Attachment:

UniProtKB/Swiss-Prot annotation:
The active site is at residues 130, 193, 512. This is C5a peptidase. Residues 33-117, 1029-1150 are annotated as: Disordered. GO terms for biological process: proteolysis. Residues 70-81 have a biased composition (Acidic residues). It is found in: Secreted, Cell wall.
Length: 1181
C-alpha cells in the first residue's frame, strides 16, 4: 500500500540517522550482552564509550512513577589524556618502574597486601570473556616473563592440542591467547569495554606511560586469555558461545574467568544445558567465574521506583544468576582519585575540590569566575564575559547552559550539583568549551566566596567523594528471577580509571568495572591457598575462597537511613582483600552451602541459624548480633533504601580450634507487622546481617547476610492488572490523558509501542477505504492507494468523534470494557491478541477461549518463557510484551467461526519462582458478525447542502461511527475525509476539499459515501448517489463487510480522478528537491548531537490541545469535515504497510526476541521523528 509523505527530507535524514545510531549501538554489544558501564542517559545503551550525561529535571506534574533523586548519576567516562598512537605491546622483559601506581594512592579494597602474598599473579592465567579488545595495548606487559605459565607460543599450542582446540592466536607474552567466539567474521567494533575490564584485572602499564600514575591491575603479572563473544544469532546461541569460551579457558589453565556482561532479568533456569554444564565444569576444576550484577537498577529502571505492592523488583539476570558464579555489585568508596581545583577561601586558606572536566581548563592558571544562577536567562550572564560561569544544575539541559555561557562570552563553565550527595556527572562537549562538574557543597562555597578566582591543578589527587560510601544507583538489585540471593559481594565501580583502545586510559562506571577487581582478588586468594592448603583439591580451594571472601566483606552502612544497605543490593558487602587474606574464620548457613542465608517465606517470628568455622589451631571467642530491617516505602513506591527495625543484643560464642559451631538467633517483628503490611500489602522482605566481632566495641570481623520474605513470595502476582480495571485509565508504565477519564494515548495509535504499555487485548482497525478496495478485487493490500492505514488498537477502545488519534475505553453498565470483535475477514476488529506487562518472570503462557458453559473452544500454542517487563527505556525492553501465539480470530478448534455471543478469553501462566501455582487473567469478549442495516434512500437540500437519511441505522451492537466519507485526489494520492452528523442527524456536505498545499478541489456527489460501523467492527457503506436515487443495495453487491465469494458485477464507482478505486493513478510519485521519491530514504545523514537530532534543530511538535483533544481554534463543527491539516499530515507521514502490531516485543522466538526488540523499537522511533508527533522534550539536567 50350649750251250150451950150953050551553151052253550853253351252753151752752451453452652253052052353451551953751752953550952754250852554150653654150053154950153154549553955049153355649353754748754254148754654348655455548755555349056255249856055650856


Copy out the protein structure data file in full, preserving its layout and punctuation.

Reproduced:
UniProtKB/Swiss-Prot annotation:
The active site is at residues 130, 193, 512. This is C5a peptidase. Residues 33-117, 1029-1150 are annotated as: Disordered. GO terms for biological process: proteolysis. Residues 70-81 have a biased composition (Acidic residues). It is found in: Secreted, Cell wall.
Length: 1181
C-alpha cells in the first residue's frame, strides 16, 4: 500500500540517522550482552564509550512513577589524556618502574597486601570473556616473563592440542591467547569495554606511560586469555558461545574467568544445558567465574521506583544468576582519585575540590569566575564575559547552559550539583568549551566566596567523594528471577580509571568495572591457598575462597537511613582483600552451602541459624548480633533504601580450634507487622546481617547476610492488572490523558509501542477505504492507494468523534470494557491478541477461549518463557510484551467461526519462582458478525447542502461511527475525509476539499459515501448517489463487510480522478528537491548531537490541545469535515504497510526476541521523528 509523505527530507535524514545510531549501538554489544558501564542517559545503551550525561529535571506534574533523586548519576567516562598512537605491546622483559601506581594512592579494597602474598599473579592465567579488545595495548606487559605459565607460543599450542582446540592466536607474552567466539567474521567494533575490564584485572602499564600514575591491575603479572563473544544469532546461541569460551579457558589453565556482561532479568533456569554444564565444569576444576550484577537498577529502571505492592523488583539476570558464579555489585568508596581545583577561601586558606572536566581548563592558571544562577536567562550572564560561569544544575539541559555561557562570552563553565550527595556527572562537549562538574557543597562555597578566582591543578589527587560510601544507583538489585540471593559481594565501580583502545586510559562506571577487581582478588586468594592448603583439591580451594571472601566483606552502612544497605543490593558487602587474606574464620548457613542465608517465606517470628568455622589451631571467642530491617516505602513506591527495625543484643560464642559451631538467633517483628503490611500489602522482605566481632566495641570481623520474605513470595502476582480495571485509565508504565477519564494515548495509535504499555487485548482497525478496495478485487493490500492505514488498537477502545488519534475505553453498565470483535475477514476488529506487562518472570503462557458453559473452544500454542517487563527505556525492553501465539480470530478448534455471543478469553501462566501455582487473567469478549442495516434512500437540500437519511441505522451492537466519507485526489494520492452528523442527524456536505498545499478541489456527489460501523467492527457503506436515487443495495453487491465469494458485477464507482478505486493513478510519485521519491530514504545523514537530532534543530511538535483533544481554534463543527491539516499530515507521514502490531516485543522466538526488540523499537522511533508527533522534550539536567 50350649750251250150451950150953050551553151052253550853253351252753151752752451453452652253052052353451551953751752953550952754250852554150653654150053154950153154549553955049153355649353754748754254148754654348655455548755555349056255249856055650856